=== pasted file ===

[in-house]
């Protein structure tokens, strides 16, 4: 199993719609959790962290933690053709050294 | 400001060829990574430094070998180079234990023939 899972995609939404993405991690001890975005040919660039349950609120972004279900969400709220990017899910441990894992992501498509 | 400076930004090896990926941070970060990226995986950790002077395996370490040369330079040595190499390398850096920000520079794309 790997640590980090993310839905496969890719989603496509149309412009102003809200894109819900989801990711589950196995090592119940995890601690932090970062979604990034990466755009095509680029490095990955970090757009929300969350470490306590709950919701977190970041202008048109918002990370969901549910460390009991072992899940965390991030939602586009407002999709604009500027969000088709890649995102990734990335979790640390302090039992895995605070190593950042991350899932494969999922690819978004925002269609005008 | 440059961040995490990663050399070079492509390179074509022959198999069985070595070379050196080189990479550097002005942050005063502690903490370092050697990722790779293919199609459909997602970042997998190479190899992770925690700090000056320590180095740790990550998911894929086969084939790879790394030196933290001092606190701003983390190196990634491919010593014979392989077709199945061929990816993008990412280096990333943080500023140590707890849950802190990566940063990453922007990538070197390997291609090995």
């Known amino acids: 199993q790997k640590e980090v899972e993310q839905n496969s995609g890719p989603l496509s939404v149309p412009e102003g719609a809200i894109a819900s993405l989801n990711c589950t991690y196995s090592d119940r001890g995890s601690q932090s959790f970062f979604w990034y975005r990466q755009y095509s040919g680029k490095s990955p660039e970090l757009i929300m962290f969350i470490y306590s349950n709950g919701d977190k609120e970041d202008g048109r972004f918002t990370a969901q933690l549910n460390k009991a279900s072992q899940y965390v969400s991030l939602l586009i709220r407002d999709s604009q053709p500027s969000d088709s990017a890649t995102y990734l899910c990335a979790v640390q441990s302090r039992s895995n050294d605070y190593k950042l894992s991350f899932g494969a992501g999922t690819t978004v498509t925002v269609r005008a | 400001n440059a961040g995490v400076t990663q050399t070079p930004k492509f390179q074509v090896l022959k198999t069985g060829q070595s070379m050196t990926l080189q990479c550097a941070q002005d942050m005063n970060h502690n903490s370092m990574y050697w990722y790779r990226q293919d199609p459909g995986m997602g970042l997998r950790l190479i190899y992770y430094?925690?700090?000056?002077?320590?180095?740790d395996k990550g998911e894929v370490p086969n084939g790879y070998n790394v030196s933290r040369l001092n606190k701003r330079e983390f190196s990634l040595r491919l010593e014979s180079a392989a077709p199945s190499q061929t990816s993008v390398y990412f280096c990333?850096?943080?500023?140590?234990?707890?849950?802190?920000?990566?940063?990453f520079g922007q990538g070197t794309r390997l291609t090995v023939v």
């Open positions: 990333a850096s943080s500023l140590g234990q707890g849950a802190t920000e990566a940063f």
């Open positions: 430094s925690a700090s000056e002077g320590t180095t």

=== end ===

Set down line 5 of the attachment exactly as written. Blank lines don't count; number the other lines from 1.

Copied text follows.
């Open positions: 430094s925690a700090s000056e002077g320590t180095t």